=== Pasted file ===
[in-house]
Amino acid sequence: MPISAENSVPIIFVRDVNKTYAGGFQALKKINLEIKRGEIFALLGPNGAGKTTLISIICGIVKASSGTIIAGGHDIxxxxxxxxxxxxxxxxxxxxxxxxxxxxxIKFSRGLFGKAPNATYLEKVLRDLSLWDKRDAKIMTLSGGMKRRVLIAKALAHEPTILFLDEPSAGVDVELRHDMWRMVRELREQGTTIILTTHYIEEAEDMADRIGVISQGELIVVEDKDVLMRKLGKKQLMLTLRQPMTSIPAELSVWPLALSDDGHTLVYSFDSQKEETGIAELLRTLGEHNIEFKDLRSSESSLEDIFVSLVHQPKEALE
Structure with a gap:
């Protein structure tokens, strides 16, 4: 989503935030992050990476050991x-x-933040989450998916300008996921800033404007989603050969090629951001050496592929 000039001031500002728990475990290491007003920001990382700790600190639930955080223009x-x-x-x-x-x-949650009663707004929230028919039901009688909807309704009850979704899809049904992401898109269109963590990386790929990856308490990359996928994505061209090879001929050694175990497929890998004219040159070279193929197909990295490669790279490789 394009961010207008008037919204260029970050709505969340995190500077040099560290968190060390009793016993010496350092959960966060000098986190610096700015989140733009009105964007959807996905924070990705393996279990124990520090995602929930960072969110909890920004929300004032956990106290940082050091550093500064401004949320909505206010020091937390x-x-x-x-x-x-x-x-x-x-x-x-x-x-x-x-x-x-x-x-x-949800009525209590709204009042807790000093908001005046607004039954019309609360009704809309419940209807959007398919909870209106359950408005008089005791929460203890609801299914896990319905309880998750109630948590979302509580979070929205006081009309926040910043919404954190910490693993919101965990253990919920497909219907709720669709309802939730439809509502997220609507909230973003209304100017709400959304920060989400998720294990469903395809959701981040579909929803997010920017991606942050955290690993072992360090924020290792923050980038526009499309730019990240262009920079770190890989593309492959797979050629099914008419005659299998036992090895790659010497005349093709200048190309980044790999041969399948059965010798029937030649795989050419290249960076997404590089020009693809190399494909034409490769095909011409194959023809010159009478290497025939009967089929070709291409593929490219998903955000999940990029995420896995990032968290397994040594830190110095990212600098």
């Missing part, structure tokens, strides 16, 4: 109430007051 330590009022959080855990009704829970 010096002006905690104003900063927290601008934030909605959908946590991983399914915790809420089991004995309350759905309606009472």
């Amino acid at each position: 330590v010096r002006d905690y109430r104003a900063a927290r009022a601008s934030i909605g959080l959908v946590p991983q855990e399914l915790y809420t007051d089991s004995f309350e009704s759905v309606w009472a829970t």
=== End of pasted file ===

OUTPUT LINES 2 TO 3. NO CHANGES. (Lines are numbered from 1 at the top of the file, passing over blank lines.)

Amino acid sequence: MPISAENSVPIIFVRDVNKTYAGGFQALKKINLEIKRGEIFALLGPNGAGKTTLISIICGIVKASSGTIIAGGHDIxxxxxxxxxxxxxxxxxxxxxxxxxxxxxIKFSRGLFGKAPNATYLEKVLRDLSLWDKRDAKIMTLSGGMKRRVLIAKALAHEPTILFLDEPSAGVDVELRHDMWRMVRELREQGTTIILTTHYIEEAEDMADRIGVISQGELIVVEDKDVLMRKLGKKQLMLTLRQPMTSIPAELSVWPLALSDDGHTLVYSFDSQKEETGIAELLRTLGEHNIEFKDLRSSESSLEDIFVSLVHQPKEALE
Structure with a gap: